The theme at You Are Here Stories for December is Hope & Place, and I could think of no more hopeful place for me than Friendship Community Presbyterian Church.
“Good morning, Friendship!”
“Good morning, Darryl!”
And so begins the weekly ritual of Friendship Community Church congregation members sharing praises and prayer requests, joys and concerns.
It is November 1995, and I have been attending this quirky inner-city, inter-racial Presbyterian church for a little more than a year. Tucked between the university community and Pittsburgh’s Hill District—made famous in the 1980s crime drama Hill Street Blues— it is a modest cinderblock building that more closely resembles a Jehovah’s Witness Kingdom Hall than the hundreds of Gothic, steepled church buildings that populate this post-industrial city.
The wooden pews are five deep along three of the four walls of the sanctuary; we are a congregation “in the round.” I glance at the faces of these men and women—young and old, black and white, rich and poor—who are becoming more familiar to me, week by week. This is very much not like the homogeneous all-white, suburban, formal, upper-middle-class Presbyterian congregations I grew up attending.
The prayer requests begin.
November’s theme at You Are Here Stories is “History & Place.” I wrote about a visit to a cemetery and my history with Pigeon Creek Presbyterian Church.
It’s my fiftieth birthday and I’m wandering around a graveyard.
It’s not that I am feeling morbid, or even that I am attempting to come to terms with my mortality. (Although it’s hard to deny that there is something about turning 50 that pulls the whole mortality thing into sharper focus.)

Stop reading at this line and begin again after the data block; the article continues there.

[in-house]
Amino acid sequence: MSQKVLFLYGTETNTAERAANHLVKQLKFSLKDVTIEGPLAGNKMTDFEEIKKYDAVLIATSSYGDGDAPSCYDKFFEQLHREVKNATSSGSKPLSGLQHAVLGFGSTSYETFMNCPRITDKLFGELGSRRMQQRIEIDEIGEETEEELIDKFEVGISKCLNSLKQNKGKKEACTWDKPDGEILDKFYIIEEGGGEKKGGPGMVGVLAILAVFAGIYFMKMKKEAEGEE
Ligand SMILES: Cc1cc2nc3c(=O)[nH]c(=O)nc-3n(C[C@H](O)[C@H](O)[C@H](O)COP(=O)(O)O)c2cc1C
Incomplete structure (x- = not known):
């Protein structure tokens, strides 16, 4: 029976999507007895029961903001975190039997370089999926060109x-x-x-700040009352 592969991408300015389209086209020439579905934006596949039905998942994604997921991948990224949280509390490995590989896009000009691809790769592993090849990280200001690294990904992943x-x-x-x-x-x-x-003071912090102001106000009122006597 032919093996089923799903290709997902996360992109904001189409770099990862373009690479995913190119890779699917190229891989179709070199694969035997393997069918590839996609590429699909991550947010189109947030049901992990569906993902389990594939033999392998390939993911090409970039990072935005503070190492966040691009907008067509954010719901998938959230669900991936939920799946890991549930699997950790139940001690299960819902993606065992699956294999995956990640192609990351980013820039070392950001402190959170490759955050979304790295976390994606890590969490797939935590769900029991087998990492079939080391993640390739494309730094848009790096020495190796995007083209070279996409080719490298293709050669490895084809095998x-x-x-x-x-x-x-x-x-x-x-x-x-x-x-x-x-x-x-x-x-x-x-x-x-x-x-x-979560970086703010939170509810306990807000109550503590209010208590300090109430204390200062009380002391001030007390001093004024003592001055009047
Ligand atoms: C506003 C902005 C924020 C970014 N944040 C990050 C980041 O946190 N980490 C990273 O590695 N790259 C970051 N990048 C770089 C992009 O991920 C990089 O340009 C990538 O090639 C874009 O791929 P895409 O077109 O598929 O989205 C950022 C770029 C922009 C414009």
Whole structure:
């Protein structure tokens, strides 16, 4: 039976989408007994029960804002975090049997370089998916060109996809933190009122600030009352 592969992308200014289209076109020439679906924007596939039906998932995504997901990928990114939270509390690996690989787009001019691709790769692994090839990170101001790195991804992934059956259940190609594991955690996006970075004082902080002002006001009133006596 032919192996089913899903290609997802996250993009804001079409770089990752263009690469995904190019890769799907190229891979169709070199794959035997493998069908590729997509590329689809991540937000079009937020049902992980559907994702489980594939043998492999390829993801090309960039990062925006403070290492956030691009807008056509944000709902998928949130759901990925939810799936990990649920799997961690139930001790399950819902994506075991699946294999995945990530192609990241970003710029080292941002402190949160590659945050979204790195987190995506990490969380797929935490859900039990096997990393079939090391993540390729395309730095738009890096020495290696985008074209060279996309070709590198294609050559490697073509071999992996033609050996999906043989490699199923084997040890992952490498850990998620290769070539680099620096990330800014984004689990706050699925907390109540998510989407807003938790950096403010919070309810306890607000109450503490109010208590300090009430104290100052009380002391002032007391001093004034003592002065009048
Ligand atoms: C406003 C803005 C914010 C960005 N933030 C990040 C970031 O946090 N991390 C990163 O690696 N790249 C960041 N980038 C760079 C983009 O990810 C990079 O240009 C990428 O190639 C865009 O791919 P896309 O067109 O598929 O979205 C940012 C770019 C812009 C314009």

My younger brother is visiting from New York City, which doesn’t happen very often, and we have decided to take a drive into the country to visit our parents’ burial plot.
This month’s theme at You Are Here Stories is “Secret Places.” So of course, I wrote about my life-long(ish) diary-keeping habit.
I am 14 years old, sitting cross-legged on my yellow bedspread behind the locked door of my bedroom. A college-ruled three-subject notebook is open in my lap, and I scribble away, thoughts coming to me faster than I can get them down on paper.
Excitement about the cute boy on the bus who actually said hello to me today. Anxiety about the oral report I’m expected to give in social studies class tomorrow morning. Heartache about being ignored in the cafeteria by a girl I used to consider my best friend.
To my beautiful mother, who would have turned 75 years old today:
Happy birthday, Mom! I miss you and I love you.
Janet Fulton Hamilton Maczuzak
October 24, 1941 – October 17, 2006
Here is my latest You Are Here Stories post, on the theme of Time & Place. I think of it as my love letter to Lake Chautauqua and the dear friends who have shared it with me over the last 30+ years.
I stand on the white planks of the dock, listening to the gentle sloshing of water against the grassy shore. The sun is setting behind me on this mid-August evening, earlier than it did last night, and the windows of the cottages on the eastern shore of Lake Chautauqua reflect its rosy glow.
Behind me, I hear the faint clink of wine glasses being refilled. The murmur of after-dinner conversation is punctuated with wild giggles from five-year-old Isaiah as his dad tickles him, doing his best to rile him up before bedtime.
As I walk back to join my friends on the shady side porch, I hear the teenagers laughing together from the kitchen. They have finished clearing the picnic table of ravaged corncobs and remnants of hamburger fixings, used paper plates and empty tortilla chip bags.
Once upon a time, I would have been the one standing at that sink, stowing leftovers, choosing dish duty as an introvert’s temporary retreat from the stimulation of too many people. But on this evening, I am content to lower myself into a cushioned deck chair and join the twilight conversation circle with my friends.